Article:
Luis Fernández
Jan 11, 2007, 05:37 pm
Bojan Bogdanovic, who already plays in Spain in LEB-2 (Spanish third division) for Real Madrid, came back for a second showing in L’Hospitalet after playing in last year’s edition. Still, he hardly seemed like the same player at first sight. Physically, Bojan looks very different. He has gained a lot of bulk and even his face looks very different. The good part is that he could take advantage of that superior strength in different situations; the bad part is that he seems less fluid athletically, and we’re starting to question his real potential.


Of course, Bogdanovic is the same very fundamentally sound player, but he keeps struggling in certain areas. Particularly, his perimeter stroke hasn’t gained a bit of consistency and he occasionally suffered trying to get past his opponents off the dribble. He does not have any trouble with enough spaces or in transition, but when he needs an extra degree of explosiveness, it’s not so easy for him. We had always praised his excellent footwork in the slashing department; well, he put it to good use also in the low post. Actually, Bojan played some power forward and eventually center given the thin Real Madrid frontcourt. He looked surprisingly comfortable there, showing good moves and resources to score over his rivals with a nice soft touch, while he contributed greatly in the rebounding department. Actually, standing 6-7, he might be heading towards the small forward position. Bogdanovic also showed an improved use of his left hand finishing near the rim.

It was a nice performance –he averaged 18.7 points, 9 rebounds and 2 assists- but perhaps not as intriguing as expected.

U-18 European Championship Prospects: The Wings

Luis Fernández
Luis Fernández
Sep 13, 2006, 01:24 am
A so-so performance for this Croatian wing, Bogdanovic wasn’t as effective as desired and he couldn’t help Croatia to escape from a mediocre tournament. Still, he left numerous drops of his excellent basketball talent. An extremely fundamentally sound player, Bogdanovic won’t blow you away with his quickness. He plays somewhat in slow-motion and relies more on his highly developed skill set to get the job done.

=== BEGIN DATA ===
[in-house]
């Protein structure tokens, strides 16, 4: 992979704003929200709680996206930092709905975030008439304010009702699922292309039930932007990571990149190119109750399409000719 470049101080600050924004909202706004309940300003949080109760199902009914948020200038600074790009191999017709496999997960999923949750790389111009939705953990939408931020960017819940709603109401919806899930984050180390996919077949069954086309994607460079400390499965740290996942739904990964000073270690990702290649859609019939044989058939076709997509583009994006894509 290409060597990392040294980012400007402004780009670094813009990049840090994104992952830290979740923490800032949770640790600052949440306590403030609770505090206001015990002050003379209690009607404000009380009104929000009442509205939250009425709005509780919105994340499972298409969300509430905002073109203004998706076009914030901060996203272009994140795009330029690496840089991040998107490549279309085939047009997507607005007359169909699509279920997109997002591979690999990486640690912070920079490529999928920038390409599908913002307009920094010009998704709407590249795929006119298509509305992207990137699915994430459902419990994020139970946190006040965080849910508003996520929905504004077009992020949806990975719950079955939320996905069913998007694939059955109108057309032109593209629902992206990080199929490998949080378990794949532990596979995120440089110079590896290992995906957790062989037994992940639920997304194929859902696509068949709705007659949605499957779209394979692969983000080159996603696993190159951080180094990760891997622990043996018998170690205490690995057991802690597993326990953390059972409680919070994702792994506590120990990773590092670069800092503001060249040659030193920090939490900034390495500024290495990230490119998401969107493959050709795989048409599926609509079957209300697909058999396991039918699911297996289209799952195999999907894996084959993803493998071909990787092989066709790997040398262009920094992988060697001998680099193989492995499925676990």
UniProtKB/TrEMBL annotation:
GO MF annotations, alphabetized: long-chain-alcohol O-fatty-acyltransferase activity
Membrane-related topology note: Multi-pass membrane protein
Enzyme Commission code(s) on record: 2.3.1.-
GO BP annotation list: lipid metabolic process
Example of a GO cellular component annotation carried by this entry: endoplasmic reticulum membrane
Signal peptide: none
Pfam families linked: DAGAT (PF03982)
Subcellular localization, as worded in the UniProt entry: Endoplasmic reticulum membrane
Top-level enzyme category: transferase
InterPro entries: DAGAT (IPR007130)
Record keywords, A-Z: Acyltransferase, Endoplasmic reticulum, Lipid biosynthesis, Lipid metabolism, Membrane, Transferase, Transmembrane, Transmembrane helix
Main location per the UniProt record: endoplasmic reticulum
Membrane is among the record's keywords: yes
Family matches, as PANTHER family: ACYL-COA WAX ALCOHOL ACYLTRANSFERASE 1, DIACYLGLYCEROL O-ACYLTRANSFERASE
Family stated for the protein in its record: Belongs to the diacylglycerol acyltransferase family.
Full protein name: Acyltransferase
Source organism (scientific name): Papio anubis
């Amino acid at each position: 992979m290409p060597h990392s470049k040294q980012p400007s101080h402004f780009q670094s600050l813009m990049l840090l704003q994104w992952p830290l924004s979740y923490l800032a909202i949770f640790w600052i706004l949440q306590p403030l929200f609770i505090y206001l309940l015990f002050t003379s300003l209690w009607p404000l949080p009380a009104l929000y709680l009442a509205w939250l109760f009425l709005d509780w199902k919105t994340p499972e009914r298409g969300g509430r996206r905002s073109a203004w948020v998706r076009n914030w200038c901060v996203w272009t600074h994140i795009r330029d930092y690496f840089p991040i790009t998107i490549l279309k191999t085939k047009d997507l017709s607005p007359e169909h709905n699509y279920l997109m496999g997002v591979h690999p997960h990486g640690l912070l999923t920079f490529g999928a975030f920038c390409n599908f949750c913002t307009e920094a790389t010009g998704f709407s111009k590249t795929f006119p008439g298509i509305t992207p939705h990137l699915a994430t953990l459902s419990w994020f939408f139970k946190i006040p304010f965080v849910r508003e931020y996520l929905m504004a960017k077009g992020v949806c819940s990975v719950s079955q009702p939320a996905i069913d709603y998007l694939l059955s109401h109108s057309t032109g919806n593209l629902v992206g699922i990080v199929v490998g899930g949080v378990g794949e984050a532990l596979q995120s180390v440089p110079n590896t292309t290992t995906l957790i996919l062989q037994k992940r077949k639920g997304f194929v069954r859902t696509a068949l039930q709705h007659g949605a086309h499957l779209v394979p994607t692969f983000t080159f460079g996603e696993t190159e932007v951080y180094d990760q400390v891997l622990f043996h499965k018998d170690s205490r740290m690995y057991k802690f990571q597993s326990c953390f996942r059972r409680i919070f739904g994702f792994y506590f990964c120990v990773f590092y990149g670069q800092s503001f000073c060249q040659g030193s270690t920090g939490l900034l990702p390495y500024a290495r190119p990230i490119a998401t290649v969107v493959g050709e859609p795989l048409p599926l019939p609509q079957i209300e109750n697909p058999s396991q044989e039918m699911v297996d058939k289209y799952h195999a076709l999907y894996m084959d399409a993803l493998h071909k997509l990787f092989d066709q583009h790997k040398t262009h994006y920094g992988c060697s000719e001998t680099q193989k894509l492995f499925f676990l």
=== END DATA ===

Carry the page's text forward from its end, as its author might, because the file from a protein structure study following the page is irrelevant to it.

Regardless of that average quickness, he has some decent athleticism, showing a solid vertical even if he lacks some explosiveness. After all, he’s still a bit skinny, although shows a nice frame in a body that looks potentially perfect for a shooting guard, perhaps even accurate for a small forward.

Anyway, it’s not his body that he primarily uses to display his game. Indeed, Bogdanovic is not too effective at the moment when attempting to draw contact from a rival. Instead, he uses excellent footwork to drive in traffic without bumping into rivals, while he enjoys a good first step and the ball-handling skills to beat his matchup. He has nice ability to finish near the rim, especially using the glass, although he rarely releases the ball with his left hand. Bogdanovic has a decent stroke with range out to the three point line. Although his mechanics might need some refinement (they are not steady), you get the feeling that he might evolve into a solid shooter in the future.

Bojan is more of a scorer than anything else, but still he passed the ball a little better than expected, particularly in drive and dish situations. On defense, he shows solid lateral quickness, although he probably can’t keep up with quicker shooting guards at the moment.

A first-year player at the U-18’s, his performance wasn’t that bad considering his youth. Next year he will be able to showcase his abilities against his peers. Meanwhile, despite having his rights owned by Real Madrid, he will play on loan for another season given his youth.

2006 Albert Schweitzer Tournament: Top Prospects

May 08, 2006, 03:13 pm
The Real Madrid player (loaned to his former team in Bosnia-Herzegovina), despite also only being 17-years old, has stood out because of his tremendous quality. He’s extremely fundamentally sound. Appears to play in slow motion, like Kiki Vandeweghe used to do, or closer to our days, Dejan Bodiroga. His individual skill-set makes him beat every defensive obstacle he finds in his way. He’s a very good slasher and enjoys a good perimeter shot. Besides, he’s a devoted defensive player, although he seems to be a bit cold.

2006 L’Hospitalet Tournament: the Top 5 prospects

Luis Fernández
Luis Fernández
Jan 11, 2006, 05:33 pm
After his excellent performance at the Under-16 European Championships, Bojan Bogdanovic signed a multi-year deal with Real Madrid, although the Spanish team decided to loan him back to his former Bosnian team in order to let him gain experience. Real Madrid however called Bojan back to spend Christmas in Spain playing for the junior team. He took part in an Under-20 Tournament in late December as well as this tournament here.